FCC reinstates ownership exemption

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The Federal Communications Commission Monday reinstated an exemption
shielding partial stakes in broadcast stations and cable systems from being
attributed toward minority shareholders' ownership tallies when another owner
controls more than one-half of the outstanding equity.

The so-called single-majority shareholder exemption was designed to protect
partial investments from counting toward limits on broadcast-audience reach and
multichannel-subscriber share.

The exemption was eliminated for cable in 1999 and for broadcasters earlier
this year.

In March, the federal appeals court in Washington, D.C., ordered the FCC to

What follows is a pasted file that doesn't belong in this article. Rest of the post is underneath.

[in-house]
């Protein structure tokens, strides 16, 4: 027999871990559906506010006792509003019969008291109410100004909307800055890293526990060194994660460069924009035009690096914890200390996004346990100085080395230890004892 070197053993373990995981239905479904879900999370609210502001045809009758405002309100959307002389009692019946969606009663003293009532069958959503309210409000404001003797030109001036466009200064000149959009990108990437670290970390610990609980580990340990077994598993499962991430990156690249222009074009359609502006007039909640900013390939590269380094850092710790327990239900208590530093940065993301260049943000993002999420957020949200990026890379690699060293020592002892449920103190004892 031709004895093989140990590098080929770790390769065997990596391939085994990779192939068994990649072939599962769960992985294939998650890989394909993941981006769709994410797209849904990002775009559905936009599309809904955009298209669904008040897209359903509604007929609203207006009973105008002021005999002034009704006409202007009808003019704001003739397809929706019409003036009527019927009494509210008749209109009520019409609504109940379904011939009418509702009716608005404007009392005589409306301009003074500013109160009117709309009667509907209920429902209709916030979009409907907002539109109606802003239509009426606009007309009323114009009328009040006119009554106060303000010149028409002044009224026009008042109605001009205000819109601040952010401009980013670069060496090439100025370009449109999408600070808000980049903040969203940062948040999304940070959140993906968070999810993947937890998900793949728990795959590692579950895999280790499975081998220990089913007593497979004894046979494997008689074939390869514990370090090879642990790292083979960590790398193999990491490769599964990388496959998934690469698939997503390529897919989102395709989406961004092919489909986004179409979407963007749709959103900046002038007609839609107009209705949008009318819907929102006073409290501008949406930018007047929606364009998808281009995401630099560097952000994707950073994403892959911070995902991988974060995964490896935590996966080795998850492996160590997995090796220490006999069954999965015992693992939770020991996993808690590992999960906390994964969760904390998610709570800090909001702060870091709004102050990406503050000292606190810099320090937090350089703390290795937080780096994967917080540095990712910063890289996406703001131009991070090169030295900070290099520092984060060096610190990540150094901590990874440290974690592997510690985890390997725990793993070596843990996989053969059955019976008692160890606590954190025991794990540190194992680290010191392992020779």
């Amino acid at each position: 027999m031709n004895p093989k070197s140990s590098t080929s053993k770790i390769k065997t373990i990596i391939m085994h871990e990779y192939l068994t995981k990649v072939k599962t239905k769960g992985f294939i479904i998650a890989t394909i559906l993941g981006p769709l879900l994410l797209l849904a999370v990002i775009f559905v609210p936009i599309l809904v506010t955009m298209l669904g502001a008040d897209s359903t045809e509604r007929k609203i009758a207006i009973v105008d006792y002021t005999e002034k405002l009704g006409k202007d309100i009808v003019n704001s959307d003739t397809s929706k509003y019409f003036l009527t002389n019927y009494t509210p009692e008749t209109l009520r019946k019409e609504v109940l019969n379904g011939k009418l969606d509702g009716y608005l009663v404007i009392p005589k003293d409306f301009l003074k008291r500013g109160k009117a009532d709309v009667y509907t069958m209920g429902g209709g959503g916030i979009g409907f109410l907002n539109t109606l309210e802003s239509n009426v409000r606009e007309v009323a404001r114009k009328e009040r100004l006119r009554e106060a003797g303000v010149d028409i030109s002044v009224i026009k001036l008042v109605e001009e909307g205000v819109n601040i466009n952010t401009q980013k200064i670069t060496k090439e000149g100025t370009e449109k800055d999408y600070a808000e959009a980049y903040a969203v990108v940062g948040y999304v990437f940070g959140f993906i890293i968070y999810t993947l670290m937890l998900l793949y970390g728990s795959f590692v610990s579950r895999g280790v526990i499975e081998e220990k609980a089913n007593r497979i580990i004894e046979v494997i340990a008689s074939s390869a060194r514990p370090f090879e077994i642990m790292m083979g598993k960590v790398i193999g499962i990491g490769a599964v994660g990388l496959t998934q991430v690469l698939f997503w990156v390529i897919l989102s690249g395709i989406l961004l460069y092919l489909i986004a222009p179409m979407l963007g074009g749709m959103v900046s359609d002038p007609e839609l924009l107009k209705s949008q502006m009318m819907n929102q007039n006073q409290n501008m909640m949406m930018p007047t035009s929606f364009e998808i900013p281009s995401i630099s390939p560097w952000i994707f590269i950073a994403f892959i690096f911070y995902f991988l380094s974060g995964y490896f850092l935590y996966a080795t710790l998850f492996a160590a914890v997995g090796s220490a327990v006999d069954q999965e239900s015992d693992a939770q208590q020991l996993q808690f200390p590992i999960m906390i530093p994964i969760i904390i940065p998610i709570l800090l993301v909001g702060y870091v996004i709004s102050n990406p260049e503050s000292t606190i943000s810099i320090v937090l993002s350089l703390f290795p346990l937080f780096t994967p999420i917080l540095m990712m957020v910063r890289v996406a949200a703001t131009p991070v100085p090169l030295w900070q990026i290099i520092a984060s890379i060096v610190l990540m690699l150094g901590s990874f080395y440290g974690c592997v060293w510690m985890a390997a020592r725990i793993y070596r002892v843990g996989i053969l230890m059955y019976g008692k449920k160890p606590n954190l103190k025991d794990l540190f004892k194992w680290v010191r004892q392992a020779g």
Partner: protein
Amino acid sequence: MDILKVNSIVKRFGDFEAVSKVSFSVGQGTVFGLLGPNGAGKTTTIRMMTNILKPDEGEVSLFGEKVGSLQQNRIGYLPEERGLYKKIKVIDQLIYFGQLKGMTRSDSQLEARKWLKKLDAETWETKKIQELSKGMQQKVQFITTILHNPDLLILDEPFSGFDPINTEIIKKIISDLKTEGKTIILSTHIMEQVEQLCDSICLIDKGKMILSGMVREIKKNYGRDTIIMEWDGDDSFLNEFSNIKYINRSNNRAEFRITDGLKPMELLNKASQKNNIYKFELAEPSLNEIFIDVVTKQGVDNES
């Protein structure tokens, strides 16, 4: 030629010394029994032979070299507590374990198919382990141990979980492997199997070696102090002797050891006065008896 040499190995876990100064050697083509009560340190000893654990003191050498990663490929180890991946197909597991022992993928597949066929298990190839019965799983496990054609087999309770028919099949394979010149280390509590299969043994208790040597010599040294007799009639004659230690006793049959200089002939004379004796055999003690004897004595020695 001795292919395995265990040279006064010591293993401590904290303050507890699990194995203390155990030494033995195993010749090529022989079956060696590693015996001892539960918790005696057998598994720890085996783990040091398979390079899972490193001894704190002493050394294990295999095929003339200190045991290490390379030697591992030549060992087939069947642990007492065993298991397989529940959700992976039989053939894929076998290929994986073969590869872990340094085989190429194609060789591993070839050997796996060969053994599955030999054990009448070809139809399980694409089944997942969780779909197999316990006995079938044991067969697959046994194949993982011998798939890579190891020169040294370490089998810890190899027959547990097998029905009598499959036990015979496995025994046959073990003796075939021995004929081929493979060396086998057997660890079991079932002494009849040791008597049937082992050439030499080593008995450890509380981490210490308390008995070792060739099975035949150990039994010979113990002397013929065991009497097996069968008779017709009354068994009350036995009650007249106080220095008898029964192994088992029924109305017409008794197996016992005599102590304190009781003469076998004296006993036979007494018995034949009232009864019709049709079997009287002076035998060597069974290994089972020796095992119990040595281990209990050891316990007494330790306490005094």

either explain better why the cable exemption was eliminated or to reinstate it
as part of a larger decision ordering the FCC to rework the 30 percent limit on
a cable company's share of pay TV subscribers.

Monday's action -- technically a suspension of the earlier elimination -- was
meant to comply with the court order and to make broadcast policy consistent
with cable rules.

Democratic commissioner Michael Copps criticized the decision to reinstate
the broadcast exemption.

The court decision 'did not address any rules governing broadcast ownership
or attribution,' he said. 'No one would assert that broadcast stations and
cable-television systems have converged to the point that they are subject to
the same regulatory scheme.'

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